Viewing the takes of the short press conferences on the budget yesterday I came away with the feeling there is realness and genuineness in the Governor and the GOP Leadership wanting to avoid the midnight deadline.
Governor Dayton is quoted as saying reasons why not to share information about the budget talks, our agreement is "not to discuss in details our discussions really is crucial to build trust necessary--that we can really exchange candid ideas and talk things over."
So if the public cannot get details, and more than likely there is no tape or video camera, the public will never know the meat and potatoes of the meetings. So what is the next best thing. An idea of what is happening.
I am not a writer with experience in dialogue, so that is not the approach I am to take. I will try it this way.
In the Lock-In meetings as they have been characterized, are two sides of different views and approaches, where there is a certainty for them to achieve an agreement to avoid the shutdown. Each side has some control over the other, the Governor who signs the bills, and the Legislature who passes the bills. Either side does not have absolute control over the other.
So the Governor and the Leaders sit in the big conference room on the 5th floor in the State Office Building. They make some discussion about how our choices are real and they will have real consequences if we cannot agree or do not agree to the people of Minnesota. There is an exchange of views on the differences between the two sides.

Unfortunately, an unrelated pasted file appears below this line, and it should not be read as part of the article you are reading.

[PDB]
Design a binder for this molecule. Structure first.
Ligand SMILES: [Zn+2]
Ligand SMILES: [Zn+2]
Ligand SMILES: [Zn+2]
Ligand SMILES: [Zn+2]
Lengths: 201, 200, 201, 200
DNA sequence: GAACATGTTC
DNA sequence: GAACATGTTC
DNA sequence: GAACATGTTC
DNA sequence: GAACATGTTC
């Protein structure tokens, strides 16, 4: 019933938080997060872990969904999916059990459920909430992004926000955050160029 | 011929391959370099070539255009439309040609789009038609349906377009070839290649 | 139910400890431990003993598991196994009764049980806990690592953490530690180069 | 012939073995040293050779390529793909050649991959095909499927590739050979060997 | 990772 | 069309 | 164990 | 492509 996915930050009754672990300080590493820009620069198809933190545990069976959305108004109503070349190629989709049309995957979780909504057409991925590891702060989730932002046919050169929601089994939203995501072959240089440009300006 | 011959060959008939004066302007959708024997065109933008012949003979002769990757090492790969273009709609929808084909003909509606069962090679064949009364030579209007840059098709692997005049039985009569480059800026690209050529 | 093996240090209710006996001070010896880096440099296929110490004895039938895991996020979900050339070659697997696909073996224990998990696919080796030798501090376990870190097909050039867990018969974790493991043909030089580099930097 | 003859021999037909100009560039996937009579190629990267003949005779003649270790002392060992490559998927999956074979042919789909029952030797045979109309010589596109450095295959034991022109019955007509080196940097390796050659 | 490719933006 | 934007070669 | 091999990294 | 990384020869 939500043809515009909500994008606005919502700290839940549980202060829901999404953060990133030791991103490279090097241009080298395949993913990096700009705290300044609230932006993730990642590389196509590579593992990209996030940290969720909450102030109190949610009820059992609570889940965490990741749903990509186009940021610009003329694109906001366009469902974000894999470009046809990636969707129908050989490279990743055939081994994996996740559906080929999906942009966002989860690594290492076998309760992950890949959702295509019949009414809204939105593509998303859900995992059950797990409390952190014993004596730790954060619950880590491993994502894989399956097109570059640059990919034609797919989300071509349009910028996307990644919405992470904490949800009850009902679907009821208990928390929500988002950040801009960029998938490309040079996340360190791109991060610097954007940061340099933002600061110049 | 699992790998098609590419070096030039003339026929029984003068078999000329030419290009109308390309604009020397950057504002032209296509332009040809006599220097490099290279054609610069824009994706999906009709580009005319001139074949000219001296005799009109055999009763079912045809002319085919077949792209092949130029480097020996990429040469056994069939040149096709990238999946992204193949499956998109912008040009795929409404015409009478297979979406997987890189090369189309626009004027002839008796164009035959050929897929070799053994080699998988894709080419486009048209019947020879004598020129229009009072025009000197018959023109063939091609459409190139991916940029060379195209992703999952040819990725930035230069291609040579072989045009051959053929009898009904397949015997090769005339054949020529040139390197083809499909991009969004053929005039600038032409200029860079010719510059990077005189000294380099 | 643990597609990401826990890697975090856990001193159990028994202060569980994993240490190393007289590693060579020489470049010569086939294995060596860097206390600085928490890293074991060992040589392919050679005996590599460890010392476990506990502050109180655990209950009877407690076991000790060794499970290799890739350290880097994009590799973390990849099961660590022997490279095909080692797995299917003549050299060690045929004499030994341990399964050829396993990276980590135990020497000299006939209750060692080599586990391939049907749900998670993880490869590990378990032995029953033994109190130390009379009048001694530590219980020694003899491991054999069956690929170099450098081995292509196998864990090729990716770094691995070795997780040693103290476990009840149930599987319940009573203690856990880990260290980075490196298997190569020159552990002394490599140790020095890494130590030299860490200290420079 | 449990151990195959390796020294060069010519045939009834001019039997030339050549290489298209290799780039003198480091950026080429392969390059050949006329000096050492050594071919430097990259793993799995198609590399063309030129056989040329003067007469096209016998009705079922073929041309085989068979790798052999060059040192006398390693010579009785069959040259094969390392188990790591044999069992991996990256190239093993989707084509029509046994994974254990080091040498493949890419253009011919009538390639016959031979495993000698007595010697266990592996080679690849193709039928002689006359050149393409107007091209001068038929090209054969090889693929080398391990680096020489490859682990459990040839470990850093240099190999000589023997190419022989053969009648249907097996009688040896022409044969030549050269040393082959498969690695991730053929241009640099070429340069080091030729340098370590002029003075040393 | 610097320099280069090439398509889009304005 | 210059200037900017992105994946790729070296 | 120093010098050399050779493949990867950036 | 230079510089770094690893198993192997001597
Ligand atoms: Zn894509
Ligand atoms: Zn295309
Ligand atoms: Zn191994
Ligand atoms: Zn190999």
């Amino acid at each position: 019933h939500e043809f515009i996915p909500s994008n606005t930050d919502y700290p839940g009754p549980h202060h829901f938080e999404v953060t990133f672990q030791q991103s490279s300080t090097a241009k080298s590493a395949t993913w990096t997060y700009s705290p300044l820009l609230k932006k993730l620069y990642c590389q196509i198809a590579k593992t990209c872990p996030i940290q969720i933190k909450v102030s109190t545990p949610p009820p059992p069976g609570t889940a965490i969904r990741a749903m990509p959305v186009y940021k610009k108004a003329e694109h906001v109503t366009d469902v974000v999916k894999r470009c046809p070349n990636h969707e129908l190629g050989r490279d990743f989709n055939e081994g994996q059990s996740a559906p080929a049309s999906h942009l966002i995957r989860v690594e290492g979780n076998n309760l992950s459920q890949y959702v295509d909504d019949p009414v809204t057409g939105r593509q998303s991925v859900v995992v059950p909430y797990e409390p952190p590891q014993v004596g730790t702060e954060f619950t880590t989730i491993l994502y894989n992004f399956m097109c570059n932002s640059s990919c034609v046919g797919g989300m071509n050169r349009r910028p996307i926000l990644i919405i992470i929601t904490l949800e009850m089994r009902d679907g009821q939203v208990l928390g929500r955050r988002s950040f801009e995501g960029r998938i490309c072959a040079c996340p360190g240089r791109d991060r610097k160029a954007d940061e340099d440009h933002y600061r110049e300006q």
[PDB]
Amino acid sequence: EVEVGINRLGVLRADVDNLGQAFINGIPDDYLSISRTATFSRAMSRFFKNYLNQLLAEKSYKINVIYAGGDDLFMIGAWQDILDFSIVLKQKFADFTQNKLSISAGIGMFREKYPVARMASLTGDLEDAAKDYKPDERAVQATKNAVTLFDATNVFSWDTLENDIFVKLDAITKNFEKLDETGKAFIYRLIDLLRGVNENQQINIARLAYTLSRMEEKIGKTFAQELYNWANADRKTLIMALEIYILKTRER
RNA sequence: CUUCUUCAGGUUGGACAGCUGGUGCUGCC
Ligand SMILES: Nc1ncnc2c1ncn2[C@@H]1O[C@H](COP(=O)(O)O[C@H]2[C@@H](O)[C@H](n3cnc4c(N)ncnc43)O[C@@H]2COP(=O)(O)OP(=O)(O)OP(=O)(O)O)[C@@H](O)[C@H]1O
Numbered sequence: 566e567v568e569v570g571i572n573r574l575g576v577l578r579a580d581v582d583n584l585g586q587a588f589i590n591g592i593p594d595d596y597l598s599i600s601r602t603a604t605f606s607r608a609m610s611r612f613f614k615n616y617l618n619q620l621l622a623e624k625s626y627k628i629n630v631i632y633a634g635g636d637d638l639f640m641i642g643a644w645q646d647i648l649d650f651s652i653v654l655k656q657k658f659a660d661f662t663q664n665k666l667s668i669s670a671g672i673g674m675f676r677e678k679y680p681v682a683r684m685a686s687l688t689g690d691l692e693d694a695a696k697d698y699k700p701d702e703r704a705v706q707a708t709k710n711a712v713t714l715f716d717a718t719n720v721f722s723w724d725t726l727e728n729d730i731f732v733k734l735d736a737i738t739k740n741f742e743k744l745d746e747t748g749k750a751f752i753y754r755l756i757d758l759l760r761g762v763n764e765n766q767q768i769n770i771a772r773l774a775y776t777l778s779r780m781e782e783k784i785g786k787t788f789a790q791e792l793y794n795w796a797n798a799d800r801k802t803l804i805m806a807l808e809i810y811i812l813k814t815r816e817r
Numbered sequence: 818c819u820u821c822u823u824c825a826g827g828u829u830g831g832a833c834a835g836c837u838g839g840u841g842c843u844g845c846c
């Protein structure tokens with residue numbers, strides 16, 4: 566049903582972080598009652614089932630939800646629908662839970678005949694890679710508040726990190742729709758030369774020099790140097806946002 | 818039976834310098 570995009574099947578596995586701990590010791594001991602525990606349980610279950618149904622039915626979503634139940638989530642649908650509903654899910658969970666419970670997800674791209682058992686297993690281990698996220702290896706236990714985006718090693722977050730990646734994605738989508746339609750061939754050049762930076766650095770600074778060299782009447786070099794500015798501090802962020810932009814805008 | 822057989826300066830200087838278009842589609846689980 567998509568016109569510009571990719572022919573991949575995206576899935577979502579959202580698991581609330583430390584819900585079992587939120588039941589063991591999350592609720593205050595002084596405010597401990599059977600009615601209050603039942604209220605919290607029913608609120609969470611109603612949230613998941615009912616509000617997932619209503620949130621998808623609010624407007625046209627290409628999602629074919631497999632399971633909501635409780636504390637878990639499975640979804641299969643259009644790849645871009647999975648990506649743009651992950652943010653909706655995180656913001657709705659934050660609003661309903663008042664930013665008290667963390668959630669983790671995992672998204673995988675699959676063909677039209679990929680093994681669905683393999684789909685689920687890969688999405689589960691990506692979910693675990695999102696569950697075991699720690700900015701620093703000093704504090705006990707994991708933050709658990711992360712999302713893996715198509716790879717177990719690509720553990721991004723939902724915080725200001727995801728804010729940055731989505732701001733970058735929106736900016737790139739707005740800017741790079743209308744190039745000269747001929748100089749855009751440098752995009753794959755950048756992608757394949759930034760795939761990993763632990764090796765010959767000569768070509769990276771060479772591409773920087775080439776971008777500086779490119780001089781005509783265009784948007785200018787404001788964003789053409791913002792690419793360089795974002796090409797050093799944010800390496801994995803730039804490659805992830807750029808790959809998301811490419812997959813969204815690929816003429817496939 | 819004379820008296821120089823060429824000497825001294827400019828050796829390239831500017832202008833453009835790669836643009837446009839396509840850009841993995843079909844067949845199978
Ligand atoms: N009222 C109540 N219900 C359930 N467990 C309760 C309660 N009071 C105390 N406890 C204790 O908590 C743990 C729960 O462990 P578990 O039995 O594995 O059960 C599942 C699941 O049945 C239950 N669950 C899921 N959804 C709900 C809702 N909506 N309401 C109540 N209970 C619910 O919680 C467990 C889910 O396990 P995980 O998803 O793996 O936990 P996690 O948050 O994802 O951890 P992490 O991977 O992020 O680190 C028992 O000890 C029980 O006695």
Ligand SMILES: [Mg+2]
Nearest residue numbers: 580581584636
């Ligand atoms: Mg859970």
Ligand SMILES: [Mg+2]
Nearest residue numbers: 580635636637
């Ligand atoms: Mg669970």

The Governor and the GOP Legislative Leaders on key elements to funding and policy matters more than likely advocate for their views, to try to change the others views. But another part of the conciliatory meeting is the inquiry part which is to acquaint and familiarize the other side of their views and to bring to light facts.
The effecting and examination of the differences between Governor and the Leaders are the crucial elements if there will be an agreement or not. If the Governor and Leaders do this with trustworthiness there can and will be an agreement. If there is an honest and open exchange as to how they view each others budget and policy proposals this is positive.
Now let's say there is an agreement, there will be discussion as to how to tell the public what they did, but also how to tell the rest of the legislature who will have to vote on it. Will it be a joint announcement or separate? The public can tell a lot by that.
A final take which is a very important one.
Will the public have enough time to view the bills and the agreement without it being shot out of a greased cannon and passed without us knowing what it really does? Will the public be able to review all the documents and data that was used to come to the conclusions of the agreement? How will this be done?
The public has a right to know, the process used to come to an agreement in secret is a fact of political life, but it does not mean the information or how you came to the conclusions are to remain secret after the fact.
Per my previous post I hope both sides can come out as All-Star Wrestlers and us Minnesotans will cheer em both on.